I ran inside and saw my parents beyond the double doors to the back of the ER.  I was looking around like a wild woman to see if I could find the babysitter.  What had this woman done?  The nurse working the desk knew immediately who I must be because she didn’t even ask who I was there for or what I needed.  She mercifully led me to the back.  I came around the white curtains to see my 18 month old son lying on a huge gurney, pale, but alive.  I rushed up to him and he began to cry and reach towards me.  Unceremoniously I brushed past my mom and gathered him up into my arms.

The doctor came up just at that moment to announce that my son had what was called a febrile seizure.  I’d never heard of that in my entire life but I was to learn that these fever induced seizures were the leading cause of fevers in babies and toddlers.  It was probably an anomaly (it wasn’t) that would never happen again (it did).  The babysitter had rushed him here with another toddler and a baby in tow.  She’d called my mom who rushed up there and she had already left to take care of her other small charges.

My son would most likely be okay and as any parent of a toddler can attest, illness is hardly ever gradual.  It instead comes over this little person, who means more than air itself to you, like a sledgehammer falling off a roof…hard and fast.  He was given some Ibuprofen in prescription form (yes, it only came in prescription back then).  The doctor felt like this would not repeat itself and he would be okay.  He even said if daycare didn’t have any reservations, he could go back the next day.  I didn’t know what to think.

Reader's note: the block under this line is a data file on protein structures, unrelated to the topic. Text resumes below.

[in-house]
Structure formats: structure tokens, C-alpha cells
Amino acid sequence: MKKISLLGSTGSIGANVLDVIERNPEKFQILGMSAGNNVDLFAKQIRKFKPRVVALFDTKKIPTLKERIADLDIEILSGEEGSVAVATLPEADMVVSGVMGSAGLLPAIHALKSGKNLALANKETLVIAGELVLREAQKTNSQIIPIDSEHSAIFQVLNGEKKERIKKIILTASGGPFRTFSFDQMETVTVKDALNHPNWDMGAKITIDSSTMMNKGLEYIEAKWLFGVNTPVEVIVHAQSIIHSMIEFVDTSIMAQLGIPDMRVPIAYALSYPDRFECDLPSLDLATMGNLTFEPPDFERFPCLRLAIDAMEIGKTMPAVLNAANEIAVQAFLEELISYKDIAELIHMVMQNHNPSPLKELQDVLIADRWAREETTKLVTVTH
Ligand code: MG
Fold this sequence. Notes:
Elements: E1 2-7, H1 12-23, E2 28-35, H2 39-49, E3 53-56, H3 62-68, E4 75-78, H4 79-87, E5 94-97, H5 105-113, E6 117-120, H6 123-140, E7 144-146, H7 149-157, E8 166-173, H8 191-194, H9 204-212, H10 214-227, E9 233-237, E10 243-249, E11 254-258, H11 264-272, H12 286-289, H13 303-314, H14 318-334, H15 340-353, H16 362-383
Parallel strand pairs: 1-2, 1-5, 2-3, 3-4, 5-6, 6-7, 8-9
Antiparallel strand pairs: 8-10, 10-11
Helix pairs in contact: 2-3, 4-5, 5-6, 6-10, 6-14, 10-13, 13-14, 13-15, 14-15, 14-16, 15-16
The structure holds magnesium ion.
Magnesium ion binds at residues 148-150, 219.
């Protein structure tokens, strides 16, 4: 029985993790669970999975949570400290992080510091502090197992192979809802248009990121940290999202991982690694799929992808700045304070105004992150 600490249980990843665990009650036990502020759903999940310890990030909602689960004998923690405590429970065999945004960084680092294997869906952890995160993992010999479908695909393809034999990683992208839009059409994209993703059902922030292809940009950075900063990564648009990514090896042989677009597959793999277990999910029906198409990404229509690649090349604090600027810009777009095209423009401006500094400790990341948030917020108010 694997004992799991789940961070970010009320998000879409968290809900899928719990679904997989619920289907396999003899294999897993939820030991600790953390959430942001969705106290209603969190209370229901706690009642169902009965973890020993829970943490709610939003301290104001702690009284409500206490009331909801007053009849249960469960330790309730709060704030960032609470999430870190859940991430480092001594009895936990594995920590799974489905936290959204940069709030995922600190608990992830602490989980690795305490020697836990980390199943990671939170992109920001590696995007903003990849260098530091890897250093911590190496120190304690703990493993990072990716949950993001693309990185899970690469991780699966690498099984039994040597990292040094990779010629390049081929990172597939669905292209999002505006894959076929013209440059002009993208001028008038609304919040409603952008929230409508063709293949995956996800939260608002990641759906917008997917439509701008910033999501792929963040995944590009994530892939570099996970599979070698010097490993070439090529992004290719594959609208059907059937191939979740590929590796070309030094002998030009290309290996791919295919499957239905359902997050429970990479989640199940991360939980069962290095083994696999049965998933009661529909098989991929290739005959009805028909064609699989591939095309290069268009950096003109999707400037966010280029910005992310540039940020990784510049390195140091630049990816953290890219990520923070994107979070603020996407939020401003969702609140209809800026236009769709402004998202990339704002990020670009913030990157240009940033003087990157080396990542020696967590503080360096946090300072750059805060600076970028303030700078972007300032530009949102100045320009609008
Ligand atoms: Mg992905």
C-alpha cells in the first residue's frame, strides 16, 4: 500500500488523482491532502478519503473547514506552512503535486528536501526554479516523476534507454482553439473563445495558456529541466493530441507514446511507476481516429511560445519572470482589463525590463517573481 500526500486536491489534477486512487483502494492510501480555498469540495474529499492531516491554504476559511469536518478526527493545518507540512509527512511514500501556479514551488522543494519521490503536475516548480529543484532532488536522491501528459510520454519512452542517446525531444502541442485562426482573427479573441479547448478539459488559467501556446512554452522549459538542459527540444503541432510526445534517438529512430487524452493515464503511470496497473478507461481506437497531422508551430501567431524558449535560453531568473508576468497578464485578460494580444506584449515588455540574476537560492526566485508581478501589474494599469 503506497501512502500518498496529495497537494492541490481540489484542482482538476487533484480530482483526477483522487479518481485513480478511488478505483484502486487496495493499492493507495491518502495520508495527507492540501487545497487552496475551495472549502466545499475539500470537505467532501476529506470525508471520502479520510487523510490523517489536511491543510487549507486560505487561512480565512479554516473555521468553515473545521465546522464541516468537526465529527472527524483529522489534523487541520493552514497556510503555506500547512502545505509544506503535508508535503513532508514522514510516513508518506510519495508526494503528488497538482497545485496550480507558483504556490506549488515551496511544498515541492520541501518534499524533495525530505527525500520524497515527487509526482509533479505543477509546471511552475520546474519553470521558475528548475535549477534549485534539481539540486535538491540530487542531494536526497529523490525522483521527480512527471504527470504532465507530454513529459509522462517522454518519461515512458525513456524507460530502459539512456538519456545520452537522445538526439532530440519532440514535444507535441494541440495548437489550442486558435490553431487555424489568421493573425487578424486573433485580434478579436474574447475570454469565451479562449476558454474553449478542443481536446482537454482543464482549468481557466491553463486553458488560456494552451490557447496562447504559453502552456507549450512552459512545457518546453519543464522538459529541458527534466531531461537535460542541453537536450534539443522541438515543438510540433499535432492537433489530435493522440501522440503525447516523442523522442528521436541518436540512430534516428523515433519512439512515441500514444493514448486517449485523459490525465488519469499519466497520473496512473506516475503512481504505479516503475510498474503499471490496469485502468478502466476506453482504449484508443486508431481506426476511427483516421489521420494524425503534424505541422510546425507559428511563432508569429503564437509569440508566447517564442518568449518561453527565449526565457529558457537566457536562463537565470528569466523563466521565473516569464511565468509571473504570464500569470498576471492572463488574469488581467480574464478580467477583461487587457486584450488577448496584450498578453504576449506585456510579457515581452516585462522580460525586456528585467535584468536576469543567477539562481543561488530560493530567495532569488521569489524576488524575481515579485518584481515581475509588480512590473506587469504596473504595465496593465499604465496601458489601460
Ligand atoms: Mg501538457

The next day was my surgery.  How could I in good conscious go through with this surgery after this happened, I asked myself.  I went to my parents home but only after I drove by the babysitter’s house.  She was still brought to tears when she saw my son.  She recounted everything and how terrified she’d been.  She thought he was dying.  I could only recount how terrified I’d been not having any clue what had happened.  She agreed to watch him the next day while I was in surgery as long as he promised not to scare her like that again.  She laughed but I still think she was half serious when she told my toddler-speaking child in grown-up English he was grounded if he ever scared her like that again.

When I got to my parents they both insisted I go ahead with the surgery.  Only my mom would go to the hospital so my (step)dad was available for Steven.  I went only grudgingly.  I was already terrified, but now knowing that my child was sick made it even harder.  Of course, I needn’t have worried.  Belinda was the greatest baby-sitter I could have ever asked for to care for my child.